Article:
David Korfhage at ED: Social Media discusses the pros and cons of Peerwise (post dated 7/29/12):

Pros: By forcing students to write their own questions, as well as explanations for the answers, Peerwise forces students to process the material more actively.  Writing questions will also help prepare students for multiple choice assessments, and with proper modeling, they can also use their question writing to work on analytical thinking (and not just recall questions).  The social aspects and competitive/gaming aspects could be fun for some students.

Cons: The focus on just multiple choice questions is fairly narrow, and could tend to encourage students to focus on convergent, rather than more open-ended questions.  In a history class, students already tend to see the learning history as a matter of memorizing facts; used improperly, Peerwise could merely encourage that way of thinking.

Bottom line:  Since I use multiple choice questions in my classes (if for no other reason than to give students practice for the multiple choice college board exams), this looks like this could be a useful tool.  I have in the past encouraged students to write their own multiple choice questions as a way of studying; the social aspects of this site could make it more enjoyable for students to do that.  Again, a structure well be necessary: Peerwise recommends a minimum question contribution requirement, to which I would add clear guidance about writing multiple choice questions.  In particular, students need to understand that questions should not be just about memorizing facts.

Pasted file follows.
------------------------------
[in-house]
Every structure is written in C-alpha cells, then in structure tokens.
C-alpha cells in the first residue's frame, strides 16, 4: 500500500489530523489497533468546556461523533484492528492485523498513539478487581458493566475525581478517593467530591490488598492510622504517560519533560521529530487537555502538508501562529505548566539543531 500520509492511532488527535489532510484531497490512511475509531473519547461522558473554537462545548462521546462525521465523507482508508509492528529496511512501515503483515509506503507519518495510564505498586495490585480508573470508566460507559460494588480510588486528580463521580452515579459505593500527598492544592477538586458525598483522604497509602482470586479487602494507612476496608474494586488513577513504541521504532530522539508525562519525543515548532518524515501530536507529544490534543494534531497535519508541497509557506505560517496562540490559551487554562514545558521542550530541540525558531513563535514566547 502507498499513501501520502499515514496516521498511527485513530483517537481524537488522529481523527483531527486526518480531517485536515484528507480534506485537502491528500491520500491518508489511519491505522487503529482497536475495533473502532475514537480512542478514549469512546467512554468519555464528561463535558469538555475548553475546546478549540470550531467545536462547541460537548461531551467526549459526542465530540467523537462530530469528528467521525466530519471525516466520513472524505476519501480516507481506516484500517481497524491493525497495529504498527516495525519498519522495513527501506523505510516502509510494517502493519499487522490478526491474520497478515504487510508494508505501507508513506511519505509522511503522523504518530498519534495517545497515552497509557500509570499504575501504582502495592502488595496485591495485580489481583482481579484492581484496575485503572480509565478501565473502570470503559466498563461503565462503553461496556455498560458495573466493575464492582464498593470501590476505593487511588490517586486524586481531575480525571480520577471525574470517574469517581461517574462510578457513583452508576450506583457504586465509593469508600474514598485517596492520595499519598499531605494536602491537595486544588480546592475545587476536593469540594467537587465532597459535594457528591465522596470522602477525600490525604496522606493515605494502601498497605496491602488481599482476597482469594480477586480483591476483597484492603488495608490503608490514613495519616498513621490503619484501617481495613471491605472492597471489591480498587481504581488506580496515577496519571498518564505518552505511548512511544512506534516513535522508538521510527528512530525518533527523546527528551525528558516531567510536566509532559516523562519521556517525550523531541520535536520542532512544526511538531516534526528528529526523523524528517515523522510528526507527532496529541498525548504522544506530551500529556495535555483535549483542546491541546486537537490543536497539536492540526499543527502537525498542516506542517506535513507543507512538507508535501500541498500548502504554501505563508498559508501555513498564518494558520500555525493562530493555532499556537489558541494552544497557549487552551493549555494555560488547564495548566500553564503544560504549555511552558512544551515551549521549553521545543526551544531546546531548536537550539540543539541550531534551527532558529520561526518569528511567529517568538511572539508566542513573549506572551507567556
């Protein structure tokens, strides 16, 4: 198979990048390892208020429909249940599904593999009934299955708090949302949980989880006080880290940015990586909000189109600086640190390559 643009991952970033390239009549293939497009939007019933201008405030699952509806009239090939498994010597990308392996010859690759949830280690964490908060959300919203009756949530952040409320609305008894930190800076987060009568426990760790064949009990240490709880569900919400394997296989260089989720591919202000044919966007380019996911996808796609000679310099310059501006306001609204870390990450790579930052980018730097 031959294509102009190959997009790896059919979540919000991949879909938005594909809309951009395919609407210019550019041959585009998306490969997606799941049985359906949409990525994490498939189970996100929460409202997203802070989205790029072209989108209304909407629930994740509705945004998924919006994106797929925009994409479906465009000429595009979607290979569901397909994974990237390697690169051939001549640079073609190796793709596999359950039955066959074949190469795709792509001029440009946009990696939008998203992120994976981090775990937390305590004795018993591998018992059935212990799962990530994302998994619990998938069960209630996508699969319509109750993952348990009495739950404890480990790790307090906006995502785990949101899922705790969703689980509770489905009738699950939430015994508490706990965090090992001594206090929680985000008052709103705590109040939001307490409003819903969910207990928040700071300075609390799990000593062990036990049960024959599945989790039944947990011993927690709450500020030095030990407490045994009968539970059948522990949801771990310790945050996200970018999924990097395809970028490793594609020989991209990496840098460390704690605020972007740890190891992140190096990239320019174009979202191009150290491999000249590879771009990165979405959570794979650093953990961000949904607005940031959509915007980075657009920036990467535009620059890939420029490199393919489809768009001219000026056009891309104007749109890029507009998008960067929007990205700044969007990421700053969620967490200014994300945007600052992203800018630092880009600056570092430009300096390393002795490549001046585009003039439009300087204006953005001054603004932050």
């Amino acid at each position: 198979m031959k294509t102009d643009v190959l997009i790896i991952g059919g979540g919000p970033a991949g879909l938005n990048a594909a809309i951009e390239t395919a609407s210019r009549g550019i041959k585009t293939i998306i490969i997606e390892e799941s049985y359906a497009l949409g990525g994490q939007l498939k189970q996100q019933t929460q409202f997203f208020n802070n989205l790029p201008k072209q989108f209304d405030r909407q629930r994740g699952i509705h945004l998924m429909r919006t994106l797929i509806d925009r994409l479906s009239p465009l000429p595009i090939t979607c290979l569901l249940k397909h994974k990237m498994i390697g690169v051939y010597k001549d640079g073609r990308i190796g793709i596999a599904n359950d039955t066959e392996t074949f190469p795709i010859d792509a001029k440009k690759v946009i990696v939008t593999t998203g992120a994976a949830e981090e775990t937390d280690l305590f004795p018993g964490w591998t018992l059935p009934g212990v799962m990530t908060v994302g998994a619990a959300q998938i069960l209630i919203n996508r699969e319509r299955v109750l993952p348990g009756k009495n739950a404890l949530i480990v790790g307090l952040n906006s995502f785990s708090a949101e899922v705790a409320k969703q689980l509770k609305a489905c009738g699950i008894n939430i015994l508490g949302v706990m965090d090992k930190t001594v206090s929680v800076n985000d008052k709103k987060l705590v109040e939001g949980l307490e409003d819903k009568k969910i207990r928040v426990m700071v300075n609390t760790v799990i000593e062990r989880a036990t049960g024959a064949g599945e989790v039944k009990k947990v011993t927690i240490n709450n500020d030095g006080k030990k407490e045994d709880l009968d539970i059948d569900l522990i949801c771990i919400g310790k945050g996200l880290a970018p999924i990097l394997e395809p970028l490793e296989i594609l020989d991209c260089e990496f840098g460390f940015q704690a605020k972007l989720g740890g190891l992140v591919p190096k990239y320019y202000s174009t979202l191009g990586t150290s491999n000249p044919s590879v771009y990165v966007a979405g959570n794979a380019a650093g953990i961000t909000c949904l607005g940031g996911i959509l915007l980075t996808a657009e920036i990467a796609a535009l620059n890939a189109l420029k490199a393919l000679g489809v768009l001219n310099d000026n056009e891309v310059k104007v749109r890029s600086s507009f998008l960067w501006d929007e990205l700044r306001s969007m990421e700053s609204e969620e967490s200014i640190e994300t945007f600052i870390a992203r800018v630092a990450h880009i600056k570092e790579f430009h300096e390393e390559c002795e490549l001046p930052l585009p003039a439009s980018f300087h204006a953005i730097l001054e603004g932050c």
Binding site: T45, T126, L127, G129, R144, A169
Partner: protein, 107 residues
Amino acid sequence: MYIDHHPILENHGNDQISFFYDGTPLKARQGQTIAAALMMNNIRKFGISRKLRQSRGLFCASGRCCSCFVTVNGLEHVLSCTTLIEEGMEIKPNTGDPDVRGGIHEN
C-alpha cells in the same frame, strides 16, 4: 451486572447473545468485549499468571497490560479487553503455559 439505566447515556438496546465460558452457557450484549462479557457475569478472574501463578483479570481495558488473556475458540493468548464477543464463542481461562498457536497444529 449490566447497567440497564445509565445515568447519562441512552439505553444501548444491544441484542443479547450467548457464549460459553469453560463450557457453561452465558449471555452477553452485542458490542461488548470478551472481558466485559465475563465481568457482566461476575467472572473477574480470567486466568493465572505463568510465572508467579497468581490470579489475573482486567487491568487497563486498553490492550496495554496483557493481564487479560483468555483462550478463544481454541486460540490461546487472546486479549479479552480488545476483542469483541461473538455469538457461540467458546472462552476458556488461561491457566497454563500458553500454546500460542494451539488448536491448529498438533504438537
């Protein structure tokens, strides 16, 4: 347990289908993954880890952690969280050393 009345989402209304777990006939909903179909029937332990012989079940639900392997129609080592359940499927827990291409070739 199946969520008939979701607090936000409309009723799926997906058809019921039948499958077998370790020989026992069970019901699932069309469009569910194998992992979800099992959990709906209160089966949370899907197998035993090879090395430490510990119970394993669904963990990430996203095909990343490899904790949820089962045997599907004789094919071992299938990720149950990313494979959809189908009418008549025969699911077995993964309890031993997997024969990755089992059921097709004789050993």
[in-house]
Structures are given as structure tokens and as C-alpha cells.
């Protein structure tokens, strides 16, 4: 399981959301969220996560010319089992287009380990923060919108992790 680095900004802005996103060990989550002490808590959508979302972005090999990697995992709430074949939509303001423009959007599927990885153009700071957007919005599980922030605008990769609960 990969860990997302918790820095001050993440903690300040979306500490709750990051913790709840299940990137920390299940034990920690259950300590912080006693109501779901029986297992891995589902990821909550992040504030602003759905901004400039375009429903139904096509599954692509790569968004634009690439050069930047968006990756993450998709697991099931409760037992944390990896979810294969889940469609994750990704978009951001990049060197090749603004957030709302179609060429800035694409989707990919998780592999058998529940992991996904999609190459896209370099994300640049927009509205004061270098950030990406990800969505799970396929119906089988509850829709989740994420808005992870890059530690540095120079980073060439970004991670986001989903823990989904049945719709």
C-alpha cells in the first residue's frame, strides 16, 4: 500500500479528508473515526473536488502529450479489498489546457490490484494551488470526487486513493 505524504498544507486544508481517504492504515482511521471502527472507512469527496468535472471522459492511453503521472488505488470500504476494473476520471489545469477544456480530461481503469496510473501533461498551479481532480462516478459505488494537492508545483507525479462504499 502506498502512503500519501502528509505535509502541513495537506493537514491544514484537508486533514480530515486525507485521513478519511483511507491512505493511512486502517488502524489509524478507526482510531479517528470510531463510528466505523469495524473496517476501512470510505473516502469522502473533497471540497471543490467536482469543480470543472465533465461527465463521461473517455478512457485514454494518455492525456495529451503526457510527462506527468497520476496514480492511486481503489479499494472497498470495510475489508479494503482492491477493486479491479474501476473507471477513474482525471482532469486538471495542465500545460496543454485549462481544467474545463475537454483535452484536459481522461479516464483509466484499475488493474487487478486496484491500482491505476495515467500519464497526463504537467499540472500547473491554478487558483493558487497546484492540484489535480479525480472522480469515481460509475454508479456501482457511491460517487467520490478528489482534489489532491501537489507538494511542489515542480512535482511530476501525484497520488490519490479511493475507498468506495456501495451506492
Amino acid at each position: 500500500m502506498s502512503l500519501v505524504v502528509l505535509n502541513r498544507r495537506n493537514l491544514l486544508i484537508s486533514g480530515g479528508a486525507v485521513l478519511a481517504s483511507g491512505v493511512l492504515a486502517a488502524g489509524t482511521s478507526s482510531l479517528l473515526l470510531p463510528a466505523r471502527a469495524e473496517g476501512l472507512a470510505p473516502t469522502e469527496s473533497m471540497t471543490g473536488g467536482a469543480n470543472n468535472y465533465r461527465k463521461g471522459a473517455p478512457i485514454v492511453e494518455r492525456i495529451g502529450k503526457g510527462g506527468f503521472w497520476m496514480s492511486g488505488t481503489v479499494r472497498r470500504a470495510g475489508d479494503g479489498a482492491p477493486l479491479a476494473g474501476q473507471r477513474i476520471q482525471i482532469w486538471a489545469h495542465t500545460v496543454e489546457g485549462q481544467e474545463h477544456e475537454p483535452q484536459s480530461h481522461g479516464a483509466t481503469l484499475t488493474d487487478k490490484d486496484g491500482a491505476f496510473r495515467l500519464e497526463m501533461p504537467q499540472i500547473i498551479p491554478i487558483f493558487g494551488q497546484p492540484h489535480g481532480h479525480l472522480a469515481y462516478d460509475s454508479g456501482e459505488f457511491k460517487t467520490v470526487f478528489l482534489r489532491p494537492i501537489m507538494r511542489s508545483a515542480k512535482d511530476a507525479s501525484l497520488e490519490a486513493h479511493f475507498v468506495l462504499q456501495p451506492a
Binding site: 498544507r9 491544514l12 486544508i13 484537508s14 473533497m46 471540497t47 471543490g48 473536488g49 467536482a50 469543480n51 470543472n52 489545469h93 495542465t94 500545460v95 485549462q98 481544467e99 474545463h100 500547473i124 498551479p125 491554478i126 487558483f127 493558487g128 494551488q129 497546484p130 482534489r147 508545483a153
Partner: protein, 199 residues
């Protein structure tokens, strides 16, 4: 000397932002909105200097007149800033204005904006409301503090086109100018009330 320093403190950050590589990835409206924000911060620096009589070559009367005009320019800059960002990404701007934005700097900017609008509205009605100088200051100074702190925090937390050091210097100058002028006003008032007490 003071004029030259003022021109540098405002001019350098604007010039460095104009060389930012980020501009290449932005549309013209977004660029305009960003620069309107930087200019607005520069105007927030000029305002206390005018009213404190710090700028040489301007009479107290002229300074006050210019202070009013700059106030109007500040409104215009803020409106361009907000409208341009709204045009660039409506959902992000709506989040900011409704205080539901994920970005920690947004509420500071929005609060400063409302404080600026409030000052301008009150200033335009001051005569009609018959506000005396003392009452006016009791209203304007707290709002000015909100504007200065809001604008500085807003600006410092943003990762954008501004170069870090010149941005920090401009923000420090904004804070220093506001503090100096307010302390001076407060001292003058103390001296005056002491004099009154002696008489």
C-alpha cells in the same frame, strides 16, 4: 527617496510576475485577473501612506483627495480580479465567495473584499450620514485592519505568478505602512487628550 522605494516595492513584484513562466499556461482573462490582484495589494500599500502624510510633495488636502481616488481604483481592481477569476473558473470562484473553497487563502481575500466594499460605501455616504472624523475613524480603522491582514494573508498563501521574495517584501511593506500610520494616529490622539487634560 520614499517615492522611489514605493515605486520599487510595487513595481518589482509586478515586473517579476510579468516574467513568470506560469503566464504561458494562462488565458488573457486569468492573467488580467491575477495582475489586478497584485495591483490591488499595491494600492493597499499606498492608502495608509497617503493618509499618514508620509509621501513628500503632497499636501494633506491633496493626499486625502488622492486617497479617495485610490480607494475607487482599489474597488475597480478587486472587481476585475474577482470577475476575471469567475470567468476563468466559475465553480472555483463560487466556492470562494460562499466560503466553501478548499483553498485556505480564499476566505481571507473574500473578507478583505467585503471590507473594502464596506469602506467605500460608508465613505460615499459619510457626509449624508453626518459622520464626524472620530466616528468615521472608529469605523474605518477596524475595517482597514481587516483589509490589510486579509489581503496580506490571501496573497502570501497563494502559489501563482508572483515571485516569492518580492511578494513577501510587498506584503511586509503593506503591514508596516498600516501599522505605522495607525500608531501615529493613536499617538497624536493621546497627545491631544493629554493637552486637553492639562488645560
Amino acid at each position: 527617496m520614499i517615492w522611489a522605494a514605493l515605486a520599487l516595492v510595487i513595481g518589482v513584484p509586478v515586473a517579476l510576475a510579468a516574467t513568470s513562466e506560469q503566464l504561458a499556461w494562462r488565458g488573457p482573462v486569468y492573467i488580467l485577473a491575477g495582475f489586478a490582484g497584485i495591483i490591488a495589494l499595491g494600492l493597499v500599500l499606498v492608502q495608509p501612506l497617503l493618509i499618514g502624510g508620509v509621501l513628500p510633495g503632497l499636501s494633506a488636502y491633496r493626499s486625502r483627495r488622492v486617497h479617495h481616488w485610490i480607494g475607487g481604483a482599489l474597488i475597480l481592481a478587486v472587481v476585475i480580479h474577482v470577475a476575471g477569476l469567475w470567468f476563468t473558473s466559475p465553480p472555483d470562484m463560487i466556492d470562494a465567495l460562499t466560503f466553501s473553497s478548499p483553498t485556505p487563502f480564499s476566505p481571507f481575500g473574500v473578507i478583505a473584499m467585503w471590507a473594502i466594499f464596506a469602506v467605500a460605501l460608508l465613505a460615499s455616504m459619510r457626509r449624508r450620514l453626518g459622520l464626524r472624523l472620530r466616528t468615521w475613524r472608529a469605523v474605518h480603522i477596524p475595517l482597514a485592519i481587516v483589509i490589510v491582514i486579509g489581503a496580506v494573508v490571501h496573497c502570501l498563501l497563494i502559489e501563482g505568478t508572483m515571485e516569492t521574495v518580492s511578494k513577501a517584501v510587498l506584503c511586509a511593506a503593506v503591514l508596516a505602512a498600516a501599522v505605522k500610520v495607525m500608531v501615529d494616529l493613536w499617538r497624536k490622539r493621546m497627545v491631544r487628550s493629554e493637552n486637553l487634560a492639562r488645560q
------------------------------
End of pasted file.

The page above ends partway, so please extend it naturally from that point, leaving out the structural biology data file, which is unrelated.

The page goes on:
Piazza: Discussion Board for Classes

David Korfhage at ED: Social Media provides the following description for Piazza which might be a useful alternative to Google Groups or discussion boards on Moodle, Blackboard, D2L, etc. For an illuminating demonstration of how it actually works, see this demo page at the Piazza web site.

Piazza  describes itself as “a place where students can come together to ask, answer, and explore under the guidance of their instructor.”  In practice, it’s rather like a fancied-up discussion board.  Students can post questions for other students to answer, or post private question for the instructor’s eyes only.  In addition, the instructor can post notes (for announcements, or such like) for all students to read.  There are a few bells and whistles (for example, the instructor can “validate” a correct response to a student), but largely the purpose seems to be to encourage student interaction for purposes of mutual aid in studying and learning.